McCOOL JUNCTION -- A lot has happened on Ken Ilgunas’ 1,700-mile trip from Canada to Texas, and sometimes as he puts one foot in front of the other, there’s a quick turn from grueling to gratifying, or from the ridiculous to the sublime.
On the down side in Nebraska, the bearded, grimy-looking guy who took it upon himself to walk the proposed route of the Keystone XL pipeline from Alberta, Canada, to the U.S. Gulf Coast got escorted out of Petersburg by a suspicious police officer.
On the up side, 13 miles farther along, he arrived in Albion just in time for a Dec. 4 public hearing on the pipeline -- and in time to attract the notice of hundreds of pipeline opponents.
“Someone yelled, ‘It’s the walker,’’’ Ilgunas said, “and I was surrounded by people. Up until then, I was just a bum walking along the road.”
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Catch up with Ilgunas west of Lincoln at the halfway point on a trip that began in September and one that might end in February, and any illusions about him being a solitary, brooding type give way quickly.
Just ask him about the reason for his trip.
“I’m really concerned about climate change,” said the 29-year-old Niagara Falls, N.Y., native and Duke University graduate, “and I thought this walk would help me understand the issue better.”
His take on his starting point, the oil sands of Alberta, underscores his concern.
“When you see devastation from one edge of the horizon to the other, nothing but black and dirt and Armageddon tailings ponds, you change your mind pretty quickly about what the pipeline means.”
Ilgunas, of course, arrived in Canada with the needle on his indignation meter already drifting toward the high end.
There’s more to know about the pipeline walker than his stance on the Keystone XL and his ability to endure 15 to 20 miles of walking day after day.
He’s a big fan of Henry David Thoreau and Walden Pond. He lived in his van for two years to hold down on his college costs. He’s a former park ranger in the Gates of the Arctic National Park in Alaska.
During his trip, he’s been chased by cows, followed by a wayward cat, holed up for three days in his tent during a South Dakota sleet storm, and confronted by a pistol-packing landowner who thought he was up to no good.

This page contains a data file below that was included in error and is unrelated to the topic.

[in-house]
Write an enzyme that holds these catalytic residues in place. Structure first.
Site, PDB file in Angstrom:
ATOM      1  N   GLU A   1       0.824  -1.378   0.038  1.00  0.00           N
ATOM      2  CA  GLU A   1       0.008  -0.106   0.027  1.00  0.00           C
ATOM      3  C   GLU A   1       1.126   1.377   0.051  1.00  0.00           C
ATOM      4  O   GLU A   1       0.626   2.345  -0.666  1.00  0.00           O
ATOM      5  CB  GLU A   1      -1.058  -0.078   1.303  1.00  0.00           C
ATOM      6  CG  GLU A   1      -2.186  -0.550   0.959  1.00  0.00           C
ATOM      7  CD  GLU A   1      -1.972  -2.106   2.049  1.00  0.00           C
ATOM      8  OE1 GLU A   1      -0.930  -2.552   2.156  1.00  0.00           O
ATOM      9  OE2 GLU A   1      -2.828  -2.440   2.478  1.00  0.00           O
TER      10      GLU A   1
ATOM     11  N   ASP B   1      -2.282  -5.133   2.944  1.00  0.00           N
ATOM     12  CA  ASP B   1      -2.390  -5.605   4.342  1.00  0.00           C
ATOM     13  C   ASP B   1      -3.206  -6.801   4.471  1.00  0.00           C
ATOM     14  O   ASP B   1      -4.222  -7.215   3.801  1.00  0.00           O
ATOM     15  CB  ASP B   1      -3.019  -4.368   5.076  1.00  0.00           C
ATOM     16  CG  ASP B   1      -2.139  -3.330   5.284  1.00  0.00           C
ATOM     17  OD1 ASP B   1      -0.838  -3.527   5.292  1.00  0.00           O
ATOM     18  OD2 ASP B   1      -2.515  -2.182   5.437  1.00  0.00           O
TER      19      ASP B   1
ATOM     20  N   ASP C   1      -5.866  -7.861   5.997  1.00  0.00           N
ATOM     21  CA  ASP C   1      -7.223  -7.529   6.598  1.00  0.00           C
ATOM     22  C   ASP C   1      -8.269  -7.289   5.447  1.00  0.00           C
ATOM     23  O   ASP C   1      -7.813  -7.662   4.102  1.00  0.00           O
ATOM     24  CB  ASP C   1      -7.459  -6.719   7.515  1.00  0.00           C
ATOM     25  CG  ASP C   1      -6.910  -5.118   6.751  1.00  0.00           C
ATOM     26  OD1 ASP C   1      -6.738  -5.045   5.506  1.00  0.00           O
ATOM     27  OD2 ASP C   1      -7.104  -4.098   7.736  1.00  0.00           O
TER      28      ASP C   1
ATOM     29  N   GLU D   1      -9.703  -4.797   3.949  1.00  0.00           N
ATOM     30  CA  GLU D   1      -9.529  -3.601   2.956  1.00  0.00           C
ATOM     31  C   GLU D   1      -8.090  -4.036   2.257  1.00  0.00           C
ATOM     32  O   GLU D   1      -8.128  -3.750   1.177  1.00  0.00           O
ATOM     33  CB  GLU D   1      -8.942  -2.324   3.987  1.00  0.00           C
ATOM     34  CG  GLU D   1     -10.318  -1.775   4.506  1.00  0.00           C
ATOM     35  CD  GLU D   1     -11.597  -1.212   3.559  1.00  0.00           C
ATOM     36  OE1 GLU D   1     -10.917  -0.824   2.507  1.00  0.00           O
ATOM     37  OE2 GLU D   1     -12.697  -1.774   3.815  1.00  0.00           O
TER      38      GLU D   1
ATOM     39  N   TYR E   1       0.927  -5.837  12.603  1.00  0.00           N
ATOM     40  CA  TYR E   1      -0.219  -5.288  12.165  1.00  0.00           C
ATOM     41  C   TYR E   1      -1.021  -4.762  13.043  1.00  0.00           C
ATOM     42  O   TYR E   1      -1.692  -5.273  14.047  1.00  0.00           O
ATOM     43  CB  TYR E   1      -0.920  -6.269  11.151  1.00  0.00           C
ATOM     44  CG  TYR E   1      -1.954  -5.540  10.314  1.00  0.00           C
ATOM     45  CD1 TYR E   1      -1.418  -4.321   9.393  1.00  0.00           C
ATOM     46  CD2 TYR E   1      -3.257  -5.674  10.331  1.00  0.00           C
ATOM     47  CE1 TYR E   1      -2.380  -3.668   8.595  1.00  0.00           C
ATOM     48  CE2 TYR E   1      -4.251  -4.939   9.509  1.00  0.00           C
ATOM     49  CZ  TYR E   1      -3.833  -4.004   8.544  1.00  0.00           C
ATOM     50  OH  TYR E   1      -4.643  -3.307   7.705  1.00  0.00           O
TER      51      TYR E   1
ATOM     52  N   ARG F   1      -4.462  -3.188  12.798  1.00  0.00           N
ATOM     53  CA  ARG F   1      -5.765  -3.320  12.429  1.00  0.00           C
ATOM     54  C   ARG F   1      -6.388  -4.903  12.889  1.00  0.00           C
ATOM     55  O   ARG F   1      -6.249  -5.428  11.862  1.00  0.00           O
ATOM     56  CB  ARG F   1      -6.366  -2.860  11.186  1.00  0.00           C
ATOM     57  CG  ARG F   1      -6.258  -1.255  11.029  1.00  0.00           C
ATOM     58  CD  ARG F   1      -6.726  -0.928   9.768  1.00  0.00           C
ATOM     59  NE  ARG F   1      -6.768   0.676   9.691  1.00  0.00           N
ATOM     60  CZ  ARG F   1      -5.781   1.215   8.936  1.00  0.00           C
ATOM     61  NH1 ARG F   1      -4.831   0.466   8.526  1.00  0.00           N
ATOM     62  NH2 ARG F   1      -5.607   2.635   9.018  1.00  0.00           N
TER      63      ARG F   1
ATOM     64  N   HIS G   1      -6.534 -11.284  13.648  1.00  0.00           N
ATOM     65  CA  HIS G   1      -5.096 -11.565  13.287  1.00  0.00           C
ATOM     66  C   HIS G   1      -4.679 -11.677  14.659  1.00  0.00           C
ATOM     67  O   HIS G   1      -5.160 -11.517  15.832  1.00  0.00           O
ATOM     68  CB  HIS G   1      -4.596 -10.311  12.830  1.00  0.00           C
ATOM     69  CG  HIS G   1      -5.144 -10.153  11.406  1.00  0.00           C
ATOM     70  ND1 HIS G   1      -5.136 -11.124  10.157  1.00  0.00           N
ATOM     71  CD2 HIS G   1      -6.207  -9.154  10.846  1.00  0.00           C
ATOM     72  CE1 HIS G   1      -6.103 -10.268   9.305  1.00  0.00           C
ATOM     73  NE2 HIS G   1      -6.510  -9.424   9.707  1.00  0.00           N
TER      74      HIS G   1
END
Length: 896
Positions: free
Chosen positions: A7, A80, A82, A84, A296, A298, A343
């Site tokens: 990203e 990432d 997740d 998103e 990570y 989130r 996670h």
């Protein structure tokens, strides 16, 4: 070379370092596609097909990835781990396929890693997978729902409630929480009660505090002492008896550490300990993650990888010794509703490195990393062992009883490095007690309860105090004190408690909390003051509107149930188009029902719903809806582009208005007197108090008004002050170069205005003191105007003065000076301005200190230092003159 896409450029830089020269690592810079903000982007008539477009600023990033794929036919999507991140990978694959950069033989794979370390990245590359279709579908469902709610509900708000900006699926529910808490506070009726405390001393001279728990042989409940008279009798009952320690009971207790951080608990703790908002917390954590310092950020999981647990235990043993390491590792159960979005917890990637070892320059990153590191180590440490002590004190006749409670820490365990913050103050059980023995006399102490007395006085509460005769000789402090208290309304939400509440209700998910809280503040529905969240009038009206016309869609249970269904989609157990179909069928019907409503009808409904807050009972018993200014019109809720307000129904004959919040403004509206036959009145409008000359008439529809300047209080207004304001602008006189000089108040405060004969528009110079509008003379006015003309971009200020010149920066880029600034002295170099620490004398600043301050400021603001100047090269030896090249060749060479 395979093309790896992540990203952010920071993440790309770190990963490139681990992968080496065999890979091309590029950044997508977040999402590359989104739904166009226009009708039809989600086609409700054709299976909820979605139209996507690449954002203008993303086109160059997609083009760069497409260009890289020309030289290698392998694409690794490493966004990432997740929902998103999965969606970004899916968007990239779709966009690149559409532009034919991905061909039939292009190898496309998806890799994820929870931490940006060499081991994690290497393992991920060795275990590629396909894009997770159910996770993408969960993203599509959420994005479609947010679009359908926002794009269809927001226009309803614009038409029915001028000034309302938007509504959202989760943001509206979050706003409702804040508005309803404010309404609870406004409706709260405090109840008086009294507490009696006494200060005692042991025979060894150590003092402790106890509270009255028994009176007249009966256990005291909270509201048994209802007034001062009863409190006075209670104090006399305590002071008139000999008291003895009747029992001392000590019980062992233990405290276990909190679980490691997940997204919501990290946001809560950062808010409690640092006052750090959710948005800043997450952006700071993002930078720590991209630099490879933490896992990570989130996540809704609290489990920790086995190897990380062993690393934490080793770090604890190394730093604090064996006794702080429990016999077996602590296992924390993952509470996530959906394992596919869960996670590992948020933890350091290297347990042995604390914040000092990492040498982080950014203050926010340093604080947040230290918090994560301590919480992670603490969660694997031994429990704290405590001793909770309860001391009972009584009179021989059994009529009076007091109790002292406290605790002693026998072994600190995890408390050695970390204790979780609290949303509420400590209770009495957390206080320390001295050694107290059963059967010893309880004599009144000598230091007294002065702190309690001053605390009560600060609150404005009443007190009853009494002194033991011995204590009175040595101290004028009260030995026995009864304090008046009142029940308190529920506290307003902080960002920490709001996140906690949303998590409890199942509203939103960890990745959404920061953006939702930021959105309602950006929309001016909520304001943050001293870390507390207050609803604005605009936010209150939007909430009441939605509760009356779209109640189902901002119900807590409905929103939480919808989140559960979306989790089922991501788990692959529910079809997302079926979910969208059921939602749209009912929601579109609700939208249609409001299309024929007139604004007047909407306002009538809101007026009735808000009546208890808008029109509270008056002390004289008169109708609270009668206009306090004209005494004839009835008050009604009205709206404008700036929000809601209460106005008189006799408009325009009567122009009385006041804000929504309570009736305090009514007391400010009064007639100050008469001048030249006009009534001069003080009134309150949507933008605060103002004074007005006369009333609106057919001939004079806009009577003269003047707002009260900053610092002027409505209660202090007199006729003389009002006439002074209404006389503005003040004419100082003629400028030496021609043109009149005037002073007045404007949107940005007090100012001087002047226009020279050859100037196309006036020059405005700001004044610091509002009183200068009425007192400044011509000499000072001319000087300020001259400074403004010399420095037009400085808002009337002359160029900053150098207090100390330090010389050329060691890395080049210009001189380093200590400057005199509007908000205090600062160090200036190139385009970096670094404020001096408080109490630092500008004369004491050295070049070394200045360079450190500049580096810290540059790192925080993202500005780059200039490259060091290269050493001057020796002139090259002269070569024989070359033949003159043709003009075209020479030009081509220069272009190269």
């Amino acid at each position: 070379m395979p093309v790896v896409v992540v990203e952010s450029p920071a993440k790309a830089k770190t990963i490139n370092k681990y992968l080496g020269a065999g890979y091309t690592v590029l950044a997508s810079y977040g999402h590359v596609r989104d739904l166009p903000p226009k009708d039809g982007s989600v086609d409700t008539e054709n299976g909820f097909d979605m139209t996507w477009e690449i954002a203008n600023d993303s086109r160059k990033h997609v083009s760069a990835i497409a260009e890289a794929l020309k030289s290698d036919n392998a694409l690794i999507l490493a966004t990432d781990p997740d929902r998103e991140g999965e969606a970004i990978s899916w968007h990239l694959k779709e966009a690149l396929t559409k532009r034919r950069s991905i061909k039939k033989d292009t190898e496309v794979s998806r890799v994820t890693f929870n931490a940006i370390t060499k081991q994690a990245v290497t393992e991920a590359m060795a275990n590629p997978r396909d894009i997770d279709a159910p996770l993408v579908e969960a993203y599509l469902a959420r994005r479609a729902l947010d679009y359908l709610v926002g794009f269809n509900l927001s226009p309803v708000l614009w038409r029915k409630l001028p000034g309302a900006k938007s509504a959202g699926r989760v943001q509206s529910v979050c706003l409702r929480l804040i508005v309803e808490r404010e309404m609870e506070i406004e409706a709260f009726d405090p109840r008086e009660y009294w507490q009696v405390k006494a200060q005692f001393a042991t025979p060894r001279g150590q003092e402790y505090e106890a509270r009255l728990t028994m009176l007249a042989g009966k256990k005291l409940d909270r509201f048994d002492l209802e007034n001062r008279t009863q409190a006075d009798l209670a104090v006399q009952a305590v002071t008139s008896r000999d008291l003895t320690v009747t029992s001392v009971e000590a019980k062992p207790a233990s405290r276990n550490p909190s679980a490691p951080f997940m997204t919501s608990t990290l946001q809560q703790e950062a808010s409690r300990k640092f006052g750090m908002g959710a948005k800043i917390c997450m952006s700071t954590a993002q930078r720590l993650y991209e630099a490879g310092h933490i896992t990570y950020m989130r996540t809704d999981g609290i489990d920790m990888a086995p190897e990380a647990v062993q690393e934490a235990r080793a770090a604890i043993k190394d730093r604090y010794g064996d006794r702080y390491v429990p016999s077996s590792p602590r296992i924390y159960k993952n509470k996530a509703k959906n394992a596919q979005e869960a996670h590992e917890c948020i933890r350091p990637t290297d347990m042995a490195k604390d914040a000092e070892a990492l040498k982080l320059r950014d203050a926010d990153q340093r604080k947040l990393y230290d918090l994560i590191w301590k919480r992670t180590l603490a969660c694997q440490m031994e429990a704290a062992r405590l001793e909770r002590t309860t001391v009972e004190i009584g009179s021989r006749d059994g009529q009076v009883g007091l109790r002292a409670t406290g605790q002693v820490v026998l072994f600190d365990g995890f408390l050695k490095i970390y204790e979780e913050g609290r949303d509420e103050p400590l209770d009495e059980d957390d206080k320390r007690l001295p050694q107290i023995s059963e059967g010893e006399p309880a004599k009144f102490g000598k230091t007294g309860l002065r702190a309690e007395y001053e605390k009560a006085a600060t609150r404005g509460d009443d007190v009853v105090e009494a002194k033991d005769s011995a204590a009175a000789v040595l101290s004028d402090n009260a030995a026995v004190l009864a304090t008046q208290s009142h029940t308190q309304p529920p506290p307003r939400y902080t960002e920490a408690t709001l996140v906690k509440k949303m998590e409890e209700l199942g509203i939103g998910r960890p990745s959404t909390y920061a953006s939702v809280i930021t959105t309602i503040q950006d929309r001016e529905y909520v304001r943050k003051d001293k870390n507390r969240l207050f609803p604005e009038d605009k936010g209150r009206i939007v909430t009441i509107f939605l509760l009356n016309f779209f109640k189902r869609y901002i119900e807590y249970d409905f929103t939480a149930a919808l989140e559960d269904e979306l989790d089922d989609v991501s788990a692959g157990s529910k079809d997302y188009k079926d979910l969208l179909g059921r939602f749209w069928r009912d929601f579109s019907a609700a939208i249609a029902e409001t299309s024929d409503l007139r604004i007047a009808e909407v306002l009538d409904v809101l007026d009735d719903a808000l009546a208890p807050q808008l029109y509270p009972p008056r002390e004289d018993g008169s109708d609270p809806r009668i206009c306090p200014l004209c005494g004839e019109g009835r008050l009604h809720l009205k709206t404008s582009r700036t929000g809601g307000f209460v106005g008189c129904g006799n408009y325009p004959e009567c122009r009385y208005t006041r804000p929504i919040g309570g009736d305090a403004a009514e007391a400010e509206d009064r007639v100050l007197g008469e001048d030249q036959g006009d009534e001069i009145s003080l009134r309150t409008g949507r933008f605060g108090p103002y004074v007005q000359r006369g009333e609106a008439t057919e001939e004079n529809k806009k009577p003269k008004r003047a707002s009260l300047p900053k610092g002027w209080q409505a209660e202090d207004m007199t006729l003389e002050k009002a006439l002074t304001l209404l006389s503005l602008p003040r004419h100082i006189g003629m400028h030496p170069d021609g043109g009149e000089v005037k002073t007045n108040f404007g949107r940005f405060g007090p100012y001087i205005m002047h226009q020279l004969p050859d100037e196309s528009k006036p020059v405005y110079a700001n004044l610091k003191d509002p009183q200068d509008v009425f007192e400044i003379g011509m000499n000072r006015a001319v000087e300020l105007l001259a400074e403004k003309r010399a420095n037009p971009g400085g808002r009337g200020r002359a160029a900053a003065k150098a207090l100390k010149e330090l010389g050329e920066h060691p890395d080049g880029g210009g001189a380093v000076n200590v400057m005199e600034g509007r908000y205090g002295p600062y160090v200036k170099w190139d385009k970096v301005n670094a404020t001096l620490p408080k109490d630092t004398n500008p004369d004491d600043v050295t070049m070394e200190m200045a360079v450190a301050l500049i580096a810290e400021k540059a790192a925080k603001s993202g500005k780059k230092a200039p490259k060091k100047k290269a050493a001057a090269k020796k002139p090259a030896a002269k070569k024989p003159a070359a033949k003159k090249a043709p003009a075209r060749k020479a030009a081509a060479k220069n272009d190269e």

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All these adventures come to light as he and his temporary sidekick and fellow pipeline critic, Rick Hammond of Hordville, take a break from their trek along a gravel road south of McCool Junction toward Steele City and Nebraska’s southern border.
The sun is bright. A stiff south wind is in their faces.
The snowless expanse behind them and in front of them might say something about climate change or it might not, but it definitely says something about good footwear.
Ilgunas points to the fraying seam of the second pair of hiking boots that have carried him more than 800 miles across Canada, the Dakotas and past the pipeline’s proposed entry point into Nebraska in Keya Paha County.
He spent his first night in the state sleeping on the floor of a museum at Mills, population 100 or so.
“There was nothing there but one guy and the museum and he said, ‘Hey, what are you doing?’”
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Hammond, farmer/rancher and former Peace Corps and railroad worker, is 30 years older than Ilgunas. He’s quick to admit he doesn’t have the stamina for anything transcontinental. But he does have a soft spot in his heart for the younger man with the waterproof tent on his back.
“I look at the commitment that Ken is making,” he said, “and I just want to reinforce everything he’s doing for as long as I can. I think, for the message he’s trying to get out, the longer I stay with him, that will help the cause.”
They’d been averaging 16 miles a day during their time together.
“On this particular deal,” Hammond said, “we’re fighting a big company with unlimited money and advertising. And this is the only way we have to draw attention to what we think is insanity to the planet.”
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TransCanada spokesman Grady Semmens said company officials have seen some of the media coverage on the Canadian portion of Ilgunas’ trip.
Indications in one news story were that “he met with a lot of people that dealt with us on existing pipelines, as well as our Keystone lines, and they were all quite positive,” Semmens said.
Apart from that, Semmens pointed out that TransCanada is not doing the oil extraction, including creating the “Armageddon tailings ponds,” Ilgunas described.
“We’re simply the transporter of the oil that’s produced there.”
In larger context, “the fact remains that this is third largest reserve of fossil fuels on the planet,” the TransCanada spokesman said, “and it’s by far the largest reserve of petroleum energy open for free-market investment.”
What happens when Ilgunas reaches the other end of the line?
“Typically, I don’t know where I’m going to sleep at night,” he said. “So I don’t know what I’ll do in February when I reach the Gulf Coast.”